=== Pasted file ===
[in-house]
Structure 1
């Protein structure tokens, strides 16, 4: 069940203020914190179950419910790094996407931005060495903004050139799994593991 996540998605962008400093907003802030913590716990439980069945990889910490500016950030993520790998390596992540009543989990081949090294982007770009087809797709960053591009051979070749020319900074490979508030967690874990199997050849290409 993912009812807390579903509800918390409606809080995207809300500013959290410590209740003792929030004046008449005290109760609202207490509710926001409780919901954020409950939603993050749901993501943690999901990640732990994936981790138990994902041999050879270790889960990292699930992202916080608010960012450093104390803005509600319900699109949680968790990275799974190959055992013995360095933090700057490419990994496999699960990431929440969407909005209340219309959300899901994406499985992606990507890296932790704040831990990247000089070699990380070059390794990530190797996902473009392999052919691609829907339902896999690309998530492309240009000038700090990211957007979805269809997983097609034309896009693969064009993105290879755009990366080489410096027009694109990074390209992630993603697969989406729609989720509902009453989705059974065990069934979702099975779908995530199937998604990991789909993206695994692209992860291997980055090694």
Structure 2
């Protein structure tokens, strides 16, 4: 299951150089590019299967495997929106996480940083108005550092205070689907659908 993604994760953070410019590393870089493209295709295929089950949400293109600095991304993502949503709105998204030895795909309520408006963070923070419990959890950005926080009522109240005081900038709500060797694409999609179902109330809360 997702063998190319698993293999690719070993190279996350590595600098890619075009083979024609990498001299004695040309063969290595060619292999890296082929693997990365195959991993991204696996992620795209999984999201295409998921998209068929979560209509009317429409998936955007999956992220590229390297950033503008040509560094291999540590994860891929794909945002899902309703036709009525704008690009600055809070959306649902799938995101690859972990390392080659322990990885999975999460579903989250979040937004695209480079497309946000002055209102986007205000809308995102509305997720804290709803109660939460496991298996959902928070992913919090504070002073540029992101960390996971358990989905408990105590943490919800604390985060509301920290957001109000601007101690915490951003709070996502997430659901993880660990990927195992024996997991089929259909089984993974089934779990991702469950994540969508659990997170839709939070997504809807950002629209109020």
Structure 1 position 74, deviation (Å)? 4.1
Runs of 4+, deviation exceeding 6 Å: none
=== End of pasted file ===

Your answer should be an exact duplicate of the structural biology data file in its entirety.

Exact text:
[in-house]
Structure 1
């Protein structure tokens, strides 16, 4: 069940203020914190179950419910790094996407931005060495903004050139799994593991 996540998605962008400093907003802030913590716990439980069945990889910490500016950030993520790998390596992540009543989990081949090294982007770009087809797709960053591009051979070749020319900074490979508030967690874990199997050849290409 993912009812807390579903509800918390409606809080995207809300500013959290410590209740003792929030004046008449005290109760609202207490509710926001409780919901954020409950939603993050749901993501943690999901990640732990994936981790138990994902041999050879270790889960990292699930992202916080608010960012450093104390803005509600319900699109949680968790990275799974190959055992013995360095933090700057490419990994496999699960990431929440969407909005209340219309959300899901994406499985992606990507890296932790704040831990990247000089070699990380070059390794990530190797996902473009392999052919691609829907339902896999690309998530492309240009000038700090990211957007979805269809997983097609034309896009693969064009993105290879755009990366080489410096027009694109990074390209992630993603697969989406729609989720509902009453989705059974065990069934979702099975779908995530199937998604990991789909993206695994692209992860291997980055090694």
Structure 2
């Protein structure tokens, strides 16, 4: 299951150089590019299967495997929106996480940083108005550092205070689907659908 993604994760953070410019590393870089493209295709295929089950949400293109600095991304993502949503709105998204030895795909309520408006963070923070419990959890950005926080009522109240005081900038709500060797694409999609179902109330809360 997702063998190319698993293999690719070993190279996350590595600098890619075009083979024609990498001299004695040309063969290595060619292999890296082929693997990365195959991993991204696996992620795209999984999201295409998921998209068929979560209509009317429409998936955007999956992220590229390297950033503008040509560094291999540590994860891929794909945002899902309703036709009525704008690009600055809070959306649902799938995101690859972990390392080659322990990885999975999460579903989250979040937004695209480079497309946000002055209102986007205000809308995102509305997720804290709803109660939460496991298996959902928070992913919090504070002073540029992101960390996971358990989905408990105590943490919800604390985060509301920290957001109000601007101690915490951003709070996502997430659901993880660990990927195992024996997991089929259909089984993974089934779990991702469950994540969508659990997170839709939070997504809807950002629209109020």
Structure 1 position 74, deviation (Å)? 4.1
Runs of 4+, deviation exceeding 6 Å: none